Smoking: New research helps itch to quit

Sep 13, 2009

European scientists said Sunday they could explain why nicotine patches designed to help smokers kick their habit can cause skin irritation.

Nicotine activates a so-called ion channel in skin cells that unleashes an inflammatory response by the , leading to itching, they reported in the journal Nature Neuroscience.

Previously, the irritation had been blamed on stimulation of special receptors on nerve cells, causing pain signals to be sent to the brain.

The investigation, carried out on that had been genetically modified to lack the TRPA-1 ion channel, was led by Karel Talavera of the Leuven Catholic University, near Brussels.

The discovery could pave the way to smoking therapies with fewer side effects, the authors say.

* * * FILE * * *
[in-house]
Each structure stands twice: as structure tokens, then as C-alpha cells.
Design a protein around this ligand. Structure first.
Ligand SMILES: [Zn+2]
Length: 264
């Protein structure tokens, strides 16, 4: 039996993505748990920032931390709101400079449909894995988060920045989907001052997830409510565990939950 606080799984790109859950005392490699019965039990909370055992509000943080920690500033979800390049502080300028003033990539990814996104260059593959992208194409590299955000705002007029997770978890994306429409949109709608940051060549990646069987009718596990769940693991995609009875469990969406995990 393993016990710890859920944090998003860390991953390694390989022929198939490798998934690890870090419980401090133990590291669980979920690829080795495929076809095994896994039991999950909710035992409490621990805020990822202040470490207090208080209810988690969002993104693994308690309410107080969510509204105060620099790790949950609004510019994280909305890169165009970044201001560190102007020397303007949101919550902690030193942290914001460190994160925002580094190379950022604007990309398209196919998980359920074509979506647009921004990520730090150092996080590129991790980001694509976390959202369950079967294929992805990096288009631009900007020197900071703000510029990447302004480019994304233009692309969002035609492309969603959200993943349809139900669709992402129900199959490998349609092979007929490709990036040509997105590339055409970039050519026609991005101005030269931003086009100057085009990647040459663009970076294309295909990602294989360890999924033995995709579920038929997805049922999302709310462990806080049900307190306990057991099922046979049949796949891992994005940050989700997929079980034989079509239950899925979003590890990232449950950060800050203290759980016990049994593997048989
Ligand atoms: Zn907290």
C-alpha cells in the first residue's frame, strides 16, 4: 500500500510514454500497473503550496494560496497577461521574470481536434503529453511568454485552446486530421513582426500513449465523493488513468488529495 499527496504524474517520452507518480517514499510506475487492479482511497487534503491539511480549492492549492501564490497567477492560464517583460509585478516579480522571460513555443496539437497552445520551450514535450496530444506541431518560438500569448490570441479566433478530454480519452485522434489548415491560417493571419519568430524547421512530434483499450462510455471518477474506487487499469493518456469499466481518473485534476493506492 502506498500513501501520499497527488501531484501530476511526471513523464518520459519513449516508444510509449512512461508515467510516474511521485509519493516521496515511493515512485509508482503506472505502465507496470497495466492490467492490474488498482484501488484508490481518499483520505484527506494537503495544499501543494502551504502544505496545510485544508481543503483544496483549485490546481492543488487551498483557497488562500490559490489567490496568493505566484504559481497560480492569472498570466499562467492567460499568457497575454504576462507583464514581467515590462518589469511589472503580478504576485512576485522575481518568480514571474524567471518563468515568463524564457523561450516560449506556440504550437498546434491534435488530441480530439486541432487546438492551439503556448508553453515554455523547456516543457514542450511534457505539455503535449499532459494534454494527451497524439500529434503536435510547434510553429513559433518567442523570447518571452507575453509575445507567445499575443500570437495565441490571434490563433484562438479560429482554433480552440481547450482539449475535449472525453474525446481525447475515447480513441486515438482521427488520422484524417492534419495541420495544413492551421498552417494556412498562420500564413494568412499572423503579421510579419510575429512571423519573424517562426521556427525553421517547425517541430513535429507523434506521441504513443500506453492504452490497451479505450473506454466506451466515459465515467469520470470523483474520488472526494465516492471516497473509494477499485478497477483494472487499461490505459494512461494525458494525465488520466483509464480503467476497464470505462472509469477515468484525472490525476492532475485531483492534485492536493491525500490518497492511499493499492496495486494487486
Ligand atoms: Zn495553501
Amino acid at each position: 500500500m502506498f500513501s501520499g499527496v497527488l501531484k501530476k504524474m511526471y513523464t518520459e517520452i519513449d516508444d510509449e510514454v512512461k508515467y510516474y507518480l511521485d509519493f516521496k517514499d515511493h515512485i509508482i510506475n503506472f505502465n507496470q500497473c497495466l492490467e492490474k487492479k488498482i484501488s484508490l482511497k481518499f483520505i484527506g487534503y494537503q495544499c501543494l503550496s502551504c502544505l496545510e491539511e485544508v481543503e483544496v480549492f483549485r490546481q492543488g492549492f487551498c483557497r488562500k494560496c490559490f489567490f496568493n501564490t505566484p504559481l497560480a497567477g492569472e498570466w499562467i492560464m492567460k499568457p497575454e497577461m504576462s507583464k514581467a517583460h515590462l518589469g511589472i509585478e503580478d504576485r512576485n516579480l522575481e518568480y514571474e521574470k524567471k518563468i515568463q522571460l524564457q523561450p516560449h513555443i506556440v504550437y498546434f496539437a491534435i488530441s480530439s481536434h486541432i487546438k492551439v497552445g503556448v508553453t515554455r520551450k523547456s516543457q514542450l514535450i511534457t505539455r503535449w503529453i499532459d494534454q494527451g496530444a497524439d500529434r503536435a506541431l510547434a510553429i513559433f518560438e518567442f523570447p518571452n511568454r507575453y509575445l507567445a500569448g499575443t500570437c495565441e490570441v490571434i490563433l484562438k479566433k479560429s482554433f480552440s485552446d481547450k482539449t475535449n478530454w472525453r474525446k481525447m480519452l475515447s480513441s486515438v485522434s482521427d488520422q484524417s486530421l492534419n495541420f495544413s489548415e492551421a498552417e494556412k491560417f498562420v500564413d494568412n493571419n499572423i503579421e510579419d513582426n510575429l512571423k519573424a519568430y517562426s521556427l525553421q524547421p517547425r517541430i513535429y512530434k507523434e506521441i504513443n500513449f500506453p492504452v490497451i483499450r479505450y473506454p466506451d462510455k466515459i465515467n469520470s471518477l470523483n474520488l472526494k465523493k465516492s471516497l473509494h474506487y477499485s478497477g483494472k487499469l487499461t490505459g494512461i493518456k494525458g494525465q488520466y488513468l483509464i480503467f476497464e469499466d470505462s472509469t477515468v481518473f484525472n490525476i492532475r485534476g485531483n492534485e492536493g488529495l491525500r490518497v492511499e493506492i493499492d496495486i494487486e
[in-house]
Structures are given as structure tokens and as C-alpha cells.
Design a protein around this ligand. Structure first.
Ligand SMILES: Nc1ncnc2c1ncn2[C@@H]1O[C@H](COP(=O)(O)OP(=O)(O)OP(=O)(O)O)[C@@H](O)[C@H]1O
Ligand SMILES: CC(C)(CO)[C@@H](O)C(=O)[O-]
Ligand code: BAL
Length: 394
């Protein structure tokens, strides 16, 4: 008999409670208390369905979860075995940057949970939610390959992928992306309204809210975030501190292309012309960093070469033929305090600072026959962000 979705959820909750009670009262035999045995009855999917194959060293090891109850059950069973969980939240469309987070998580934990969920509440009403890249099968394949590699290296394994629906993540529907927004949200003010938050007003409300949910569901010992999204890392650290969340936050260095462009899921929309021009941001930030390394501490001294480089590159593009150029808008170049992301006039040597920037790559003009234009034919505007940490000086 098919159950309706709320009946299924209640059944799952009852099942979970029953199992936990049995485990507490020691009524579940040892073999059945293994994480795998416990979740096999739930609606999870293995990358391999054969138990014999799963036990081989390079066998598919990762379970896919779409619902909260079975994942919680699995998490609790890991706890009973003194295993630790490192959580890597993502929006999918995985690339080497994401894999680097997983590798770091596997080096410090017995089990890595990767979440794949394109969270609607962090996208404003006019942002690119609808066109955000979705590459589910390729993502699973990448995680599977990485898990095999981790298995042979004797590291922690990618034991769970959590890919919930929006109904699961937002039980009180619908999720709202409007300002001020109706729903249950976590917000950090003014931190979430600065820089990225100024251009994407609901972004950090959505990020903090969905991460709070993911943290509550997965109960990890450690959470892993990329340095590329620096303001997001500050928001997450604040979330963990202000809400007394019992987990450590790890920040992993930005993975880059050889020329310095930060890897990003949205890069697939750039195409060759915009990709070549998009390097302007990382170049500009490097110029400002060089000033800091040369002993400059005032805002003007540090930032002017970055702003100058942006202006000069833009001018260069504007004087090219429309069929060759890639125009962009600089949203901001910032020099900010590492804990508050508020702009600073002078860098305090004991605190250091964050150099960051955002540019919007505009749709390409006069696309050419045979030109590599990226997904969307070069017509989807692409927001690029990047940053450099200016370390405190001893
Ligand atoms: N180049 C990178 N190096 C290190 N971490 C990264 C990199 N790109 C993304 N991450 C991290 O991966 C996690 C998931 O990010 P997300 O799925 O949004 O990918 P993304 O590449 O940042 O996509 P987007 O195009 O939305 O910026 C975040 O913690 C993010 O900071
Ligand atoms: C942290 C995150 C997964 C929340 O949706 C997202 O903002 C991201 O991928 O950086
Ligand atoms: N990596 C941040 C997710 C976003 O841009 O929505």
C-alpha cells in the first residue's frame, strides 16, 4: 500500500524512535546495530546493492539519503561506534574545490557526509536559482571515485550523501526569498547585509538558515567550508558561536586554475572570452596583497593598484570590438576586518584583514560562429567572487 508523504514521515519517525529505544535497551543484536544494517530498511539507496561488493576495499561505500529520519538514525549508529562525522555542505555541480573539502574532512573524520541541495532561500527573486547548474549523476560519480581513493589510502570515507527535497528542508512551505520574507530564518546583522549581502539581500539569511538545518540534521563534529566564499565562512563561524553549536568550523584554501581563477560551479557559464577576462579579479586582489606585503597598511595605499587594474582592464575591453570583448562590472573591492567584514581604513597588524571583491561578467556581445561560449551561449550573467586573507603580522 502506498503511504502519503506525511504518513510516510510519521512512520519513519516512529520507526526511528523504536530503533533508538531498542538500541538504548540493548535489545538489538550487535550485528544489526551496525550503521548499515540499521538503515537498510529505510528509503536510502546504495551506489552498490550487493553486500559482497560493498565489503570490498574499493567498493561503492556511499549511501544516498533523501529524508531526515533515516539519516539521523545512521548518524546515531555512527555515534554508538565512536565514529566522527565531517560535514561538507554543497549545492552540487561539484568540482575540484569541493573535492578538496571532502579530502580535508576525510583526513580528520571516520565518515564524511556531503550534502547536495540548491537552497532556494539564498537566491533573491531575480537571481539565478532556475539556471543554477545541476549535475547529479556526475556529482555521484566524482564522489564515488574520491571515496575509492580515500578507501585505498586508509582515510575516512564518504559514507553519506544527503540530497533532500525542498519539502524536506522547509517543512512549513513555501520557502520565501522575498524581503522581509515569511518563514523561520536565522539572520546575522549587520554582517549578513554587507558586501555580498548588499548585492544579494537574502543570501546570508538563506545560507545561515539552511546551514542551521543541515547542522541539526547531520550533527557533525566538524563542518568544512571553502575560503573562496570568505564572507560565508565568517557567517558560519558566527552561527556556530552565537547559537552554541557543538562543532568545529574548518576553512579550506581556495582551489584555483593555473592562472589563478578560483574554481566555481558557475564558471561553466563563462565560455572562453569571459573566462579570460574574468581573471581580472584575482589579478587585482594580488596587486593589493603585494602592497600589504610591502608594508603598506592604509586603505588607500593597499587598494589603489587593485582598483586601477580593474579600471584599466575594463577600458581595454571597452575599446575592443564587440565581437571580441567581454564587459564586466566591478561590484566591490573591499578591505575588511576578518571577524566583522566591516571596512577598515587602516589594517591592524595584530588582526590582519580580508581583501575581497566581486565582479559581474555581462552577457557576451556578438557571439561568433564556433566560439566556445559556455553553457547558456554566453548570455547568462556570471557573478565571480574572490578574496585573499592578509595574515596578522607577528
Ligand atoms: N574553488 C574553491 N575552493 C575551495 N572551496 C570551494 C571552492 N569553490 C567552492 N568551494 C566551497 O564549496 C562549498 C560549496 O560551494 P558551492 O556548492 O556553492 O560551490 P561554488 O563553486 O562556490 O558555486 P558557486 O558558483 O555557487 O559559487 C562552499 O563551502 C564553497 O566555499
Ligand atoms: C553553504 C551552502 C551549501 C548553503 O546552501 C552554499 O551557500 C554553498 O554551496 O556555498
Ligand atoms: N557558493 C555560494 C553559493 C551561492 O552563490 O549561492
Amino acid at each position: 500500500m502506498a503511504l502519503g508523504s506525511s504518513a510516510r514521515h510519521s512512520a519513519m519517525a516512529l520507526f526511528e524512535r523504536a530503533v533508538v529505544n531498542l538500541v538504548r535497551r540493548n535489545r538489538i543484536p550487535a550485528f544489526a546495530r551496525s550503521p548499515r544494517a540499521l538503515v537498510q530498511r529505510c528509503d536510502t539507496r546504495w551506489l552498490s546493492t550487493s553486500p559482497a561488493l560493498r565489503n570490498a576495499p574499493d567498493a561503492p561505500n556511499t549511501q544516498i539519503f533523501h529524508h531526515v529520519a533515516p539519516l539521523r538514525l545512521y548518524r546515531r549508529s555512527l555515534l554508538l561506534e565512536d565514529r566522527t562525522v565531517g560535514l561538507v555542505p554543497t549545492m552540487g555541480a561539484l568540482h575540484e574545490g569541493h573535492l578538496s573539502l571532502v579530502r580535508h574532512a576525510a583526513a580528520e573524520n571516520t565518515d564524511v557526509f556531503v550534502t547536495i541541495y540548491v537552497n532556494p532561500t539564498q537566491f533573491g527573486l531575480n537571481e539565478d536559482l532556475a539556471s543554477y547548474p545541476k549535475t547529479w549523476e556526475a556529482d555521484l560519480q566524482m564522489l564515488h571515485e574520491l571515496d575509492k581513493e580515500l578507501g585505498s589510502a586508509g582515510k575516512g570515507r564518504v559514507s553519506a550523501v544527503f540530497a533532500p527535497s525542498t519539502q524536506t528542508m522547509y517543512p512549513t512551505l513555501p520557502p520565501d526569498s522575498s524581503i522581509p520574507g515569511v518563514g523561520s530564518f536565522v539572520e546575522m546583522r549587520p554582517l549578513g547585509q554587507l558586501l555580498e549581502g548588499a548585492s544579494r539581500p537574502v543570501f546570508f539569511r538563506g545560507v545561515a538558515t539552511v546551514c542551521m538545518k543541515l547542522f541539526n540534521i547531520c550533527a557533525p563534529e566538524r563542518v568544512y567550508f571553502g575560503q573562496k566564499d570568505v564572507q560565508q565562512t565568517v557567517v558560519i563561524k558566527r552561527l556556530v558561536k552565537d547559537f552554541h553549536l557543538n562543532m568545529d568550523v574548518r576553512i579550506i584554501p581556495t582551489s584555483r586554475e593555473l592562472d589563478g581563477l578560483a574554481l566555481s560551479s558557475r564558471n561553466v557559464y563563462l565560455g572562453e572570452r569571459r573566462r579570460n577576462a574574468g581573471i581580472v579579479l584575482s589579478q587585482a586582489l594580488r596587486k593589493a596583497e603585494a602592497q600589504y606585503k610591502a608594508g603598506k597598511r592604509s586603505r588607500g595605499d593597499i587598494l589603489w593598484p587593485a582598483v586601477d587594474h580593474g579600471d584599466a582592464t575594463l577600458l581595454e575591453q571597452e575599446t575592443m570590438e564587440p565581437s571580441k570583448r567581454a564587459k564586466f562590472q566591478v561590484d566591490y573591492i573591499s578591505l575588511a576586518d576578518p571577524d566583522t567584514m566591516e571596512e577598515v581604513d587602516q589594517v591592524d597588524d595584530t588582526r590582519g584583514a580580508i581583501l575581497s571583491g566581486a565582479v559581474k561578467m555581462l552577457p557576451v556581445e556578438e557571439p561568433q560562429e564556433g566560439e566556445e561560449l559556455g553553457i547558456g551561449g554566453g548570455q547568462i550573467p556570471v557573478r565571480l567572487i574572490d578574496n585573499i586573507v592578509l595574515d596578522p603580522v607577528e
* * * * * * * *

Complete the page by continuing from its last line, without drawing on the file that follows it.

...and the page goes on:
(c) 2009 AFP

Explore further: Study recommends inmate immunity test

add to favorites email to friend print save as pdf

Related Stories

Two Nicotine Addiction Puzzles Explained

Aug 02, 2007

The stranglehold of nicotine addiction leads to more than four million smoking-related deaths each year. Scientists at the California Institute of Technology have now explained two roots of that addiction. The discoveries ...

Recommended for you

Study recommends inmate immunity test

21 hours ago

(AP)—Federal experts are recommending that California test inmates for immunity to a sometimes fatal soil-borne fungus before incarcerating them at two Central Valley state prisons where the disease has killed nearly three ...

Down syndrome teens need support, health assessed

Jul 25, 2014

Young adults with Down syndrome experience a range of physical and mental health conditions over and above those commonly reported in children with the condition—and these health problems may significantly ...

Time out for exercise

Jul 25, 2014

University of Queensland researcher has found that restructuring our daily routine to include exercise can have unexpected effects on health.

User comments : 0